The New Zealand Postcard – Milford Sound also shared the Industry Development Category prize at Pride In Print with the Pizza Hut Hot Dots entered by Impressions International Ltd of Auckland.

    Arria accepted their award before a packed audience of about 550 people at the TSB Arena on Wellington’s waterfront.

    The other major winners were:

    • Publications Category – Ghosts in the Landscape, entered by Printlink of Petone, which features the photography of the celebrated Grant Sheehan and takes a journey through some of the most visual and haunting images of our history.
    • Business Print – The New Zealand Screen Production Guide entered by Service Printers of Wellington, which introduces foreign movie makers to the benefits of locating their productions in New Zealand.
    • Packaging – The Woodgrain Cherry Carry Pack entered by Amcor Cartons Christchurch, a self-erecting pack that is easy to carry and has a clear plastic window so the customer can see the quality of fruit inside.
    • Labels – The Horleys Replace Lemon Lime drink label, entered by Rapid Labels of Auckland, which features the faded image of a swimmer to attract the attention of the active sportsperson.
    • Display Print – The Bookmark Range Window Sign, entered by Arria Design Group Limited of Albany, which features four see-through bookmarks with white borders, fanned out against a backdrop of a leadlight-effect depiction of a couple kissing. The whole image is translucent.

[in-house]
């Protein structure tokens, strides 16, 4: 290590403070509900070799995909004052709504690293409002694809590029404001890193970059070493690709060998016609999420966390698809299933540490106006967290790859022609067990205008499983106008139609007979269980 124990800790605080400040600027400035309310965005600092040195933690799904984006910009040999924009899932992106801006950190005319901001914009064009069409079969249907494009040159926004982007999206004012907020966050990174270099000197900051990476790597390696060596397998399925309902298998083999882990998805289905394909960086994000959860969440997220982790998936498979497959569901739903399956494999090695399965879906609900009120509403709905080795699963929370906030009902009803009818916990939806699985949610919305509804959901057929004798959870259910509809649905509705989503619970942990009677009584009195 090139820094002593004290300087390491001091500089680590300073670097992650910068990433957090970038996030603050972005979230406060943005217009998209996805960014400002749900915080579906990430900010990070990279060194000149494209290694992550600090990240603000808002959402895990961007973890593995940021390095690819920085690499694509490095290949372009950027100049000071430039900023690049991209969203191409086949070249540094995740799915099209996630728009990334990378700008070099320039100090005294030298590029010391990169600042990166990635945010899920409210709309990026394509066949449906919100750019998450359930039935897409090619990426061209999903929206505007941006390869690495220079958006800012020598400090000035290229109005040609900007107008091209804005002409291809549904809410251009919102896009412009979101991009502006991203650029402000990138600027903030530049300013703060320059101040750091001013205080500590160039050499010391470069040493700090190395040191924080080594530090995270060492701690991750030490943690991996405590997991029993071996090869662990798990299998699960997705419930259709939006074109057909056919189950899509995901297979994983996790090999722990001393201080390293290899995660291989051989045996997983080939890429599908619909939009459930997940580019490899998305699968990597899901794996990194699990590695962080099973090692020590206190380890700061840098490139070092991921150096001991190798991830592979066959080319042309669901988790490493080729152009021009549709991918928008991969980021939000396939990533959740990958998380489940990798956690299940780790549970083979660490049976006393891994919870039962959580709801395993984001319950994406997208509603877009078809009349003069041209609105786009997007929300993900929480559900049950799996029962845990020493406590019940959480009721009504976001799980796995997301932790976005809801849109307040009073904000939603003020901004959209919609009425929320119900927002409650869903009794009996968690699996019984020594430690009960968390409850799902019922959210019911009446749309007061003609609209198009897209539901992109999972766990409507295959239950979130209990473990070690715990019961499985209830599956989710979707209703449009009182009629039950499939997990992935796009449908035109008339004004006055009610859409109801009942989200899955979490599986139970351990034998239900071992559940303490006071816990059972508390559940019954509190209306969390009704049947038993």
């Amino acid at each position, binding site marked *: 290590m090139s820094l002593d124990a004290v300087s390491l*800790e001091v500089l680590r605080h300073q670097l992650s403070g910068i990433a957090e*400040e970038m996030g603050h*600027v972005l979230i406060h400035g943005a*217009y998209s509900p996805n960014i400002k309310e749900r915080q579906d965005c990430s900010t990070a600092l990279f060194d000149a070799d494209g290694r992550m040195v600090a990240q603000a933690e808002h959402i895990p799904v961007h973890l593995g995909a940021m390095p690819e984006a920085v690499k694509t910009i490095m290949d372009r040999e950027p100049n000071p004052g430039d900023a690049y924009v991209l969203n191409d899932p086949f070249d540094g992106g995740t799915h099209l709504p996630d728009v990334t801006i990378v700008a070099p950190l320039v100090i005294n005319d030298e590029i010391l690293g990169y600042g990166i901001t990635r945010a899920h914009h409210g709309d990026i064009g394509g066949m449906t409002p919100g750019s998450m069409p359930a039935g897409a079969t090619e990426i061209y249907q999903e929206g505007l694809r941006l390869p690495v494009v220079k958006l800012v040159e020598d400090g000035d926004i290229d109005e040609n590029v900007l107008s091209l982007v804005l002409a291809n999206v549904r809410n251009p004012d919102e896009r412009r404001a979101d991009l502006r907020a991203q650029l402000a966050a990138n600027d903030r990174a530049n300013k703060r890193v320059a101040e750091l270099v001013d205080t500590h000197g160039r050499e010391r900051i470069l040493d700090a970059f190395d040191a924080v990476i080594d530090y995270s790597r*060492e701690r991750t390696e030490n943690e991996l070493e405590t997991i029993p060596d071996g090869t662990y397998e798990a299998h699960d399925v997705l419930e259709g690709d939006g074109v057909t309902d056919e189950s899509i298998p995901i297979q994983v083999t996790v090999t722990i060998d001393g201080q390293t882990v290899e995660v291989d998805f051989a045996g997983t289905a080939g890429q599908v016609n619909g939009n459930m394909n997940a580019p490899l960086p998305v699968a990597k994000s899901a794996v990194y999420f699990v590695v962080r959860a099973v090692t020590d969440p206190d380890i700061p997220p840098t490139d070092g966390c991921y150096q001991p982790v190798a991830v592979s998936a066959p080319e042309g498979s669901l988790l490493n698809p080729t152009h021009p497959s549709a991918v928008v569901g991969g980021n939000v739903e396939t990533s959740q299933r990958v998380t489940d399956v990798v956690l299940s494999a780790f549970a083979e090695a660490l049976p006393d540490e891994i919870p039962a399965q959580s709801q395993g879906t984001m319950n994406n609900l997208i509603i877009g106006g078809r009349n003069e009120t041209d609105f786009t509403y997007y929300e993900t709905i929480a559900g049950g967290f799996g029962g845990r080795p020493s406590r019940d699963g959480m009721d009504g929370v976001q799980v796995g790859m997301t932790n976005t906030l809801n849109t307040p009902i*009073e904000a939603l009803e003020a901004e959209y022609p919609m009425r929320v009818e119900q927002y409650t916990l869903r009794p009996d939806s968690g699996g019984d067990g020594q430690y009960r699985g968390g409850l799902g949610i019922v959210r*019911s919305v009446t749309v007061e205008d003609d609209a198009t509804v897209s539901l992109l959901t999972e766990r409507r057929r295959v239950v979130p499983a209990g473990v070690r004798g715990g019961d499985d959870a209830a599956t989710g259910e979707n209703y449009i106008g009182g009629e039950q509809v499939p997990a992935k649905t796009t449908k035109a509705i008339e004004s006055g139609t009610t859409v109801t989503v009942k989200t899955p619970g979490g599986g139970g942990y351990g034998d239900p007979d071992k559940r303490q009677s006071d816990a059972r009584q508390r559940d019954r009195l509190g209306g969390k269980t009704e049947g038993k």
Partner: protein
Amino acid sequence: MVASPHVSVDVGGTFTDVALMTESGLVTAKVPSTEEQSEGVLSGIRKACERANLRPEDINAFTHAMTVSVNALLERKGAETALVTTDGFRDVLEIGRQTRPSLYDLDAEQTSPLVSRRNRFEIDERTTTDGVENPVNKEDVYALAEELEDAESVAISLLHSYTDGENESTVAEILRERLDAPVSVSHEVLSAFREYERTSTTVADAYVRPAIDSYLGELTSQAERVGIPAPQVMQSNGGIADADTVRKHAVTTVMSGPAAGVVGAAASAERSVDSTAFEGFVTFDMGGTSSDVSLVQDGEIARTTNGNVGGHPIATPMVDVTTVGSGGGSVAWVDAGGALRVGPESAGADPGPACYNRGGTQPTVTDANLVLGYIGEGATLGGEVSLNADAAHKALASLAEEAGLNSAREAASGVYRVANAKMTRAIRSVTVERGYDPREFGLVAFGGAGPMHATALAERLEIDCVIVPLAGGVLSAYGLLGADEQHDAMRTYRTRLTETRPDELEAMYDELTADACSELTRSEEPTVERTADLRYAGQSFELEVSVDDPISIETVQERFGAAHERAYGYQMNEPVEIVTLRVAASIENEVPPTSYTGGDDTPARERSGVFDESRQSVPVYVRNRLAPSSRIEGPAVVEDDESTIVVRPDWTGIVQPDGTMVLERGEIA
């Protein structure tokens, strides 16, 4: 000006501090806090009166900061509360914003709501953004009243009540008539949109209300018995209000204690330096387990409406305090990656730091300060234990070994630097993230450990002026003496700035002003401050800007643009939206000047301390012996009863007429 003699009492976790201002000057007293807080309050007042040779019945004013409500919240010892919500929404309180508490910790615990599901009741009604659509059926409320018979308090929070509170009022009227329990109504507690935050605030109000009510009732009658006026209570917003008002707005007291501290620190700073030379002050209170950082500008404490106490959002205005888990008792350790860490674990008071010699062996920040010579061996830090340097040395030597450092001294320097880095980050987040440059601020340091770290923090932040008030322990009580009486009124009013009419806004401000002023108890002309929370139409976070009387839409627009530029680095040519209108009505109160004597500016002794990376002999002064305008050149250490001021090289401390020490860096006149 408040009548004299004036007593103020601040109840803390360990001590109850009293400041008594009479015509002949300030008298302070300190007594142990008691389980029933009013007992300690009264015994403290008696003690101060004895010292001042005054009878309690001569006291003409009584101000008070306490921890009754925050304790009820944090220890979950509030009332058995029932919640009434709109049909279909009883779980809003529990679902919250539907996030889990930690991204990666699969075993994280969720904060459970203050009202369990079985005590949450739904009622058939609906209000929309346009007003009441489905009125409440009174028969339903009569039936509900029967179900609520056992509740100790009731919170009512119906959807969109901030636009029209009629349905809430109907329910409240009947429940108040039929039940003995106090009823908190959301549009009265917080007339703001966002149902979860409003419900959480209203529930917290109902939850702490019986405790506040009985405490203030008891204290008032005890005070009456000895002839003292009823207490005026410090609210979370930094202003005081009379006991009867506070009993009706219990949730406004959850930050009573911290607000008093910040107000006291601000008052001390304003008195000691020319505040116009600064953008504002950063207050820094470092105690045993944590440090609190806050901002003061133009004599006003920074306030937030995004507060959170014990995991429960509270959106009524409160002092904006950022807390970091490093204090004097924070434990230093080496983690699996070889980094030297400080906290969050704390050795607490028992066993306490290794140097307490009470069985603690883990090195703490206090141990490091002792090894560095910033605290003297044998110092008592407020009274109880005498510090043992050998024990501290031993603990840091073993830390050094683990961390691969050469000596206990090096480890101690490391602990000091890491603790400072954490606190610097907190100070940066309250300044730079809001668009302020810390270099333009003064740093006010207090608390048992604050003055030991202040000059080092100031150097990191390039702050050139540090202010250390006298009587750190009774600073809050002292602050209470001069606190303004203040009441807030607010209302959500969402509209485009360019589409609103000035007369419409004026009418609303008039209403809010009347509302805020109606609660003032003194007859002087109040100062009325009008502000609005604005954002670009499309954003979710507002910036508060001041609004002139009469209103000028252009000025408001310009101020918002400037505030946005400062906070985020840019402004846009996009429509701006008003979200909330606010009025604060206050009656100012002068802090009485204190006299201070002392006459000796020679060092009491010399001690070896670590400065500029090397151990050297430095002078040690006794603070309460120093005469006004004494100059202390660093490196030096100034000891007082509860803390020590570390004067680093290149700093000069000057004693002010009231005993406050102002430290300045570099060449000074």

• Promotional Print – The Warehouse Stationery Business Christmas Catalogue, entered by Webstar of Masterton, which radically altered its machinery so it could include pages that folded out to double their width in the centre of the publication.
    • Specialty Products – The Karen Walker Sea Monsters New York Invite, entered by Logick Print & Graphics Ltd of Auckland, was printed on a deep blue background with intricate foiled scrolling surrounding the figure of an octopus and the invitation text, and was produced for a showing to a New York audience by world-renowned fashion designer Karen Walker.

    Process winners (reflecting technical skill in specific print processes) were: Printlink of Petone in Sheetfed for Ghosts in the Landscape; Webstar of Masterton in Web Offset for the Warehouse Stationery Business Christmas Catalogue; Gravure Packaging Ltd of Petone in Gravure for the Whittaker’s Fruit and Nut Wrapper; Sealed Air Hamilton in Flexography for the Ikana Greenshell Mussels wrapper; Admark Visual Imaging of Hamilton in Inkjet for the BK Mexican – Backlit; Momento Photobooks of Wellington in Digital for Nature Heritage by Graeme Guy; and Brazen Clothing of Wellington in Screen for Earth Hour.

    The Awards Evening featured the theme “Print Out Loud” as a tribute to the quality that New Zealand print and packaging companies can produce.